Q: In the Beatles, you only played one drum solo. That was on "Abbey Road's" "The End." During the All-Starr concerts, you and Sheila E. seem to push each other when you were playing those drums. Now, on "Ringo Rama" there's a track called "Instant Amnesia" that has a jazzy vibes break that you play and a bunch of drumming at the end. Seems like you're more comfortable with your drumming now.

A: Well, I think it's coming more to the fore. And it is my record, so I can do that, you know. I think it's all a question of, you do it, you get more confident. And that's how it works. You know, we have some great players. I mean, everyone mentions, including you, like Dave and Eric. But we do have Charlie Haden on there, who is like America's premier upright jazz bass player, though he doesn't like the word "jazz." He plays beautiful music and so do we. And that's that jazz bit in "Instant Amnesia," which is just -- it's an electronic drum set. And the cymbal actually turns into a vibraphone. And I play it. Wherever it takes you, so we thought, "Oh, let's bring Charlie in he can play around this and it'll make us sound great." And he did and we do.


Q: That was -- oh, I almost forgot. "Instant Amnesia," by Ringo Starr --

A: Oh no! Oh, there you go…

Q: -- on the "Ringo Rama Radio Hour". Is the concept of "Instant Amnesia" about surrendering your pre-programmed habits, like when you said on "Vertical Man" it's time to put the puppet to bed?

A: Yeah. Well, "Instant Amnesia" … it happens to everybody. And sometimes we not only forget what we're doing, sometimes we forget for a minute who we are. And it's about that, is that, okay, I forgot who I was for a minute. I mean, emotionally and spiritually. Let's get back on track.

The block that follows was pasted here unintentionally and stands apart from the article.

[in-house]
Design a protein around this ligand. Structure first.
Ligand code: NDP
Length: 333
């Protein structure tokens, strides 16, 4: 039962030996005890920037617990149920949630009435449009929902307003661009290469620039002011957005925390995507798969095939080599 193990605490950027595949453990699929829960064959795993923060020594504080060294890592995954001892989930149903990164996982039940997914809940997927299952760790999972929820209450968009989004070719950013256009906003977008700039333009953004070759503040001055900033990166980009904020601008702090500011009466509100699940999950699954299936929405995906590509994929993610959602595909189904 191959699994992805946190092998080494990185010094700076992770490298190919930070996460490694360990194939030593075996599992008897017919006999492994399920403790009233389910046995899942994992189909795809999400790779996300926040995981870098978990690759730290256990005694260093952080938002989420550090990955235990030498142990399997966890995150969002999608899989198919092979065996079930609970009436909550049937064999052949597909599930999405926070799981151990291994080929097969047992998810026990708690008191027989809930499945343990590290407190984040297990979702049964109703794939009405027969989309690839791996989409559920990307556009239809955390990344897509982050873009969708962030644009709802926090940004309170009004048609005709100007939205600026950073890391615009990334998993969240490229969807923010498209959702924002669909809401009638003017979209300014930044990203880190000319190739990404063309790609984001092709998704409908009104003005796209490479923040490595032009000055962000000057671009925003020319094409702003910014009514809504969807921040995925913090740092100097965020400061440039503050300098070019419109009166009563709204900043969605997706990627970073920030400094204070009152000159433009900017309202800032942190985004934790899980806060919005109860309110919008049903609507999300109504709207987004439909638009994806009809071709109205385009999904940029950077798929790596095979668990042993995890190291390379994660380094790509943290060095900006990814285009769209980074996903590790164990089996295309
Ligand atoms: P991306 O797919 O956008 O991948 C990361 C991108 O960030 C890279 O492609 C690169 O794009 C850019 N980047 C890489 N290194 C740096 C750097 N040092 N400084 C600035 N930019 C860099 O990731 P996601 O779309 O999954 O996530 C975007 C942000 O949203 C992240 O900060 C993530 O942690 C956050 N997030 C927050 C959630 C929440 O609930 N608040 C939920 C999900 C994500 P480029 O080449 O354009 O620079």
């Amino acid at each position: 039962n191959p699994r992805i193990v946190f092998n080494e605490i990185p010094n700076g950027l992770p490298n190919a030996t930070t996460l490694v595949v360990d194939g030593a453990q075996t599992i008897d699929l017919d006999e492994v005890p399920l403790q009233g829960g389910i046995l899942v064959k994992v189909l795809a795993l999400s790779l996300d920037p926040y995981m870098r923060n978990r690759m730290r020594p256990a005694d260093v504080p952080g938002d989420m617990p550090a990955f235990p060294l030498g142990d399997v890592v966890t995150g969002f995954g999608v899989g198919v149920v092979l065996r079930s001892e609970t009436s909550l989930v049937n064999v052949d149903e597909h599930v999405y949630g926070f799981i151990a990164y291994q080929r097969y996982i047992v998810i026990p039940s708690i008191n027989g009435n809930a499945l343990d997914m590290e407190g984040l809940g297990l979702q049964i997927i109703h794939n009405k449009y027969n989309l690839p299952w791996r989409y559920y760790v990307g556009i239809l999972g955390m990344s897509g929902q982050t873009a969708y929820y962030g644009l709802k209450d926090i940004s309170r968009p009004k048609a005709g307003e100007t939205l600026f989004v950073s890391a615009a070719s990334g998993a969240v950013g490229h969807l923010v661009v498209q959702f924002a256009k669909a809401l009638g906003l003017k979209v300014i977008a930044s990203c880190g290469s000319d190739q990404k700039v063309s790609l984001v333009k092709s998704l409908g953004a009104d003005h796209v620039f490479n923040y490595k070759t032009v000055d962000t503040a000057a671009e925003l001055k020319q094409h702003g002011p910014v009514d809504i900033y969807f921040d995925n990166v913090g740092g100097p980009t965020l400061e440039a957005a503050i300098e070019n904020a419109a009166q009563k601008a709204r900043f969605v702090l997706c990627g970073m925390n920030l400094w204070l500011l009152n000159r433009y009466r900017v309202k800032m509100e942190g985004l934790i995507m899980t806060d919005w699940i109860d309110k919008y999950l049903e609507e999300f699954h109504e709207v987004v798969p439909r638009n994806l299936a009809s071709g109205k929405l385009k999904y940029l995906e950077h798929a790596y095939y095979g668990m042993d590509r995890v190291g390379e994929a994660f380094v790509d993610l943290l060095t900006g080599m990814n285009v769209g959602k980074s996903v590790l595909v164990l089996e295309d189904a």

Q: You always come at us from the heart when you're flashing that peace sign. I know it's more than peace. What's in your heart when you flash us that sign.

A: Well, it's peace and love. And at the concerts, there's a lot of peace and love. That's why I love playing, because the audience. I know the audience loved me and I love -- and they know I love them. And there's certain moments when it's all together. The band is great, the emotion is great, the audience, the band. They're just -- it's the high of life, really. It's just the highest place. And you mentioned pushing Sheila and Sheila pushing me. We made push each other, but we do it in a loving way.

Q: So much of "Ringo Rama" is about the healing power of love, both universal and personal. On behalf of millions, I want to thank you for the love, Ringo. And I wonder how you and Barbara heal and relax when you're not touring or recording?

A: Oh, the same as everybody, in the Jacuzzi with bananas.


Q: "English Garden" is the final song on Ringo Starr's brand new disc "Ringo Rama" -- and the final song on this, the "Ringo Rama Radio Hour". Thank you for listening. And thank you to Chuck Oliner and all at Koch Records. To Elizabeth Freund, to Mark Hudson for sharing his love of the music. And a very special thank you to Ringo Starr, simply for being himself. We get by with a little help from friends like Ringo.

A: Thank you.

(End of Interview)

(Note The CD is currently being mailed to AAA and Public Radio stations. Programmers ONLY who would like to air the special but have not gotten it by next week can contact Chuck Oliner at Koch Records: Fans who wants to hear it should request it from their favorite radio station.)